Hopefully, this will build up UK, and other states, to abolish children's physical punishment, as was done in schools23. Art. 5 and 8 – a serious weakness of Court's jurisprudence has been in reconciling parents and children's rights when a child claims right to private life or liberty of person, which encroaches upon parents' family life, or a parent claims right to own family life at expense of child's real interests. Very often, the Court has protected parents' privacy rather than child's own, as Eekelaar and Dingwall commented24. Olsson v. Sweden25 reflects this in that state interference with parents' Art.

8 rights required to be justified by strict necessity. Nielsen v. Denmark26 was a landmark case, which decided that a child's right to liberty was not infringed by mother's absolute custody and his placement in child ward27 without hearing the child. The surprisingly authoritarian decision for late 1980's, which Fortin believes again illuminated Convention's ill-equipment for children's rights and Court's inability to overcome it28, was actually influenced by need to prevent indirect state interference by Court with parents' privacy, if child's freedom was allowed against the mother.

The Court importantly argued that a child of 12 was not ready to take decisions himself, so it was normal for his mother to decide for him, which implies that it would not be so had he been older29. The case leaves us wandering what this age of autonomy should be. It may also explain why in A v. UK, heard about 10 years after Nielsen and UNCRC, the Court would not itself abolish parental physical punishment, while already before Nielsen it had approved of such state legislation30.

Notwithstanding this decision's significance, long years have passed since; Danish law, however, still failed to comply with Art. 12 UNCRC autonomy generally31. The Court's protective approach is clearly reflected in X and Y v. Netherlands32, where European Commission dismissed 14-year-old runaway's complaint of infringement of her Art. 8 right by welfare authorities returning her home against her will, justified by Art. 8(2) protection of health and morals. In X v. Denmark33, however, the Court decided that parents' Art.

8 rights were not infringed by Danish welfare authorities refusing to force 14-year-old girl to return home against her will, which seemingly protected child's right to own private life. The apparently inconsistent approach to child's Art. 8 rights in these contrasting cases is effectively explained by need to protect the girl in the latter case against her parents, hence decision in her favour. Consequently, the strength of child's own private life as against parents and states' Art. 8(1), (2) right seems uncertain.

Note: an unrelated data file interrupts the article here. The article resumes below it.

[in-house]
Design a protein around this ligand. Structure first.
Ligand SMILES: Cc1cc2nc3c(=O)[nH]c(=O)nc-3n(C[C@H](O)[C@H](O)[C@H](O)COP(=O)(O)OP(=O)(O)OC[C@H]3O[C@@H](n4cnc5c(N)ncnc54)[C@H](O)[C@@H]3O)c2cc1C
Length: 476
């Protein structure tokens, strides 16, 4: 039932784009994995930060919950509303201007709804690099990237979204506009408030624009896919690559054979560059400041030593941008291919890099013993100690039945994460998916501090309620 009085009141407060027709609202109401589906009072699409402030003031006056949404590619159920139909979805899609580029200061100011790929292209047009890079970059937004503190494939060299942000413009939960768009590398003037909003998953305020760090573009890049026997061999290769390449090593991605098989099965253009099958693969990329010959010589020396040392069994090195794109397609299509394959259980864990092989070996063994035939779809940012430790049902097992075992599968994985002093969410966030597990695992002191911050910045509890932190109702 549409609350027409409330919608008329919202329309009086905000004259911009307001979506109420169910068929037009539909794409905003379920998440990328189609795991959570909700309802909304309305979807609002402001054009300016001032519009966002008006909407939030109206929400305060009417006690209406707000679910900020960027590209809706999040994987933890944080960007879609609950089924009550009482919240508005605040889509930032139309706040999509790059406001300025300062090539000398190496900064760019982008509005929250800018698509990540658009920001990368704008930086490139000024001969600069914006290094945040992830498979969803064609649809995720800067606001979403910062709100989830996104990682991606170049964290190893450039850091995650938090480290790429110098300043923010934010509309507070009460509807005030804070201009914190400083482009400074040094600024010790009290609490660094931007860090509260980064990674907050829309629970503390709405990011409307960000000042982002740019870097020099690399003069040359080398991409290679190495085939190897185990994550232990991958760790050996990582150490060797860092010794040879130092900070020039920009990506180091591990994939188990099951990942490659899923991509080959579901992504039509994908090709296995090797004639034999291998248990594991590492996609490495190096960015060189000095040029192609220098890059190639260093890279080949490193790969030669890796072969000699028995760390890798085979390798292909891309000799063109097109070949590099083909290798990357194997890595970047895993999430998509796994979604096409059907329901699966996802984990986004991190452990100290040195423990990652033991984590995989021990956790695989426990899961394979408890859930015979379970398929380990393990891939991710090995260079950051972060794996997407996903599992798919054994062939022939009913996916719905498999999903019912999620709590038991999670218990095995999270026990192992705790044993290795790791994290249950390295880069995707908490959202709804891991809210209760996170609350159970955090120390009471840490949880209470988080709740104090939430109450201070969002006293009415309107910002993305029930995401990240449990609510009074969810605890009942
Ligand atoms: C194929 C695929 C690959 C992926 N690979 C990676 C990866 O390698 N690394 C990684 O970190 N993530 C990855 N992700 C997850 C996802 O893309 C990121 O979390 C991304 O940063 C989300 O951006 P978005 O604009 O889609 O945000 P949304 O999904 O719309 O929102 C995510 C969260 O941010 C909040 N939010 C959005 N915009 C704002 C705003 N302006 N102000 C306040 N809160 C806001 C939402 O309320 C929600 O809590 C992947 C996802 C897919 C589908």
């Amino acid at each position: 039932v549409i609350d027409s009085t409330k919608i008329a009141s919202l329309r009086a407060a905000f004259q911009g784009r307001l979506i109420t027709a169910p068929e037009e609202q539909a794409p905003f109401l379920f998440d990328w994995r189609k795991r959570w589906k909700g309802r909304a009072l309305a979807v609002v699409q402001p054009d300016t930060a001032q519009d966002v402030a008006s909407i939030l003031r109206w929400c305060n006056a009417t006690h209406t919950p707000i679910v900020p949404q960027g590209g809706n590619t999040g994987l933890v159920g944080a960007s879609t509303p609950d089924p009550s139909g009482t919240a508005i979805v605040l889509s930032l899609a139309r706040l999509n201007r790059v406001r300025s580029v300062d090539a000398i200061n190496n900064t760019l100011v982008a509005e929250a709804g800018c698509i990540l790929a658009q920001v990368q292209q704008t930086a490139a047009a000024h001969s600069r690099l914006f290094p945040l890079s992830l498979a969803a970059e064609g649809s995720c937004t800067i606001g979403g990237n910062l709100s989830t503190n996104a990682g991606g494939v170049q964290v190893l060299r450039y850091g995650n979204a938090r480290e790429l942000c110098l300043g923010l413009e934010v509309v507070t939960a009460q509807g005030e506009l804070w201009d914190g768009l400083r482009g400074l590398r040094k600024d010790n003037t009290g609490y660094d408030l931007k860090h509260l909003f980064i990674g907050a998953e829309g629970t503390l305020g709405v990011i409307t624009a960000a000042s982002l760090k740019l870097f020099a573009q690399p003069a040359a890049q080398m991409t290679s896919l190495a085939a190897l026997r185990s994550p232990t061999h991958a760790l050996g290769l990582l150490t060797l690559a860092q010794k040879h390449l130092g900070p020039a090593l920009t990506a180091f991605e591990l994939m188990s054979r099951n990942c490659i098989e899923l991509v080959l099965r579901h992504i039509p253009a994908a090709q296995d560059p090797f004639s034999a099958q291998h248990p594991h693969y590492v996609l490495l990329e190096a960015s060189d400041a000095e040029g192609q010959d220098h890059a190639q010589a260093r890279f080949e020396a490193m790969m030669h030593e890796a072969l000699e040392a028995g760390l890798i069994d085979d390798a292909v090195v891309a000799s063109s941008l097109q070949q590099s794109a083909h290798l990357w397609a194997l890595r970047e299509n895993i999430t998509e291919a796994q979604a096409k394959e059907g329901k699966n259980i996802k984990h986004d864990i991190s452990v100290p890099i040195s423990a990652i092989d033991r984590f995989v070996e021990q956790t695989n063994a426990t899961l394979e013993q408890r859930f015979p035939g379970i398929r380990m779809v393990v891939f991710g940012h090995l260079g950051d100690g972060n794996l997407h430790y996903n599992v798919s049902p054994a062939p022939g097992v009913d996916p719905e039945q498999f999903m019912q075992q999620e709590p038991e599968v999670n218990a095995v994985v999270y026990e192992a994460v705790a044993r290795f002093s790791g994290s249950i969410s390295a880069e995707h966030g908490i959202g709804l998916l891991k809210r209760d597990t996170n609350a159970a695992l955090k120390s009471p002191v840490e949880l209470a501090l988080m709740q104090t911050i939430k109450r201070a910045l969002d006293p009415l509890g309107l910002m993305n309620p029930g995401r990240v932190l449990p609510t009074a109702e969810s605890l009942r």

A similar pair of contrasting cases is Koniarska v. United Kingdom34 and DG v. Ireland35. The former involved a disappointing refusal of disturbed teenager girl's claim that security accommodation order infringed her Art. 3, 5 and 8 rights. Refusal of her liberty was justified by flexibly interpreted exemption under Art. 5(1)(d) "educational supervision" and her treatment did not overstep Art. 3 threshold. Douglas and Lowe36 see this approach as very paternalistic and disappointing, indicating a long way towards recognition of autonomy rights.

Indeed, even after UNCRC, it shows no improvement over Nielsen-type attitude, lacking in children's empowerment and posing a poor example for states37. In DG v. Ireland, however, teenager's detention under secure accommodation order infringed Art. 5 because of lacking instruction, educational or recreational facilities, which reflects Court's A v. UK-type reasoning – liberty will be infringed only where restricting measure is too harsh, involving intimidation (which could not be proved in Nielsen), or where state lacks effective educational supervision, the latter happening in stricter-interpreted Bouamar v.

Belgium38. The author questions whether Court's not living up to UNCRC standard – Art. 16 (privacy) – shows its practical unattainability and how likely is allowance of absolute autonomy for child in real life? Care orders caused much difficulty in 1980's, when child protection agencies' intervention to protect children's best interests almost automatically violated parents' Art. 8 rights39, which had primary role. Care orders required most pressing grounds – even poor material conditions not always sufficed40. More recently, however, Art.

8 has been interpreted more flexibly in realisation of children's need of protection against their parents, to be achieved by allowing states wide margin of appreciation in relation to term "necessary" and attaching crucial importance to best interests of child (Art. 20 UNCRC). This approach was emphasised in Johansen v. Norway41, where the Court strongly asserted that child's best interests may outweigh parents' rights42, especially where parents' exercise of Art. 8 rights may harm child's health and development.

This has been followed in other cases43; in Botta v. Italy44, the implication was that local authorities may be obliged to intervene even at detriment to parents' family life. In Peters v. Netherlands45, for example, respect for child's private life was potentially violated by subjecting child to compulsory medical procedure46. This approach implies that reasonable parental measures against child's will, denying him autonomy, do not breach his privacy right. Bainham47 argues that Court's fitting of child's interests into balancing exercise fails to empower them with Art. 8 rights as such, regardless how much weight is attached to their welfare.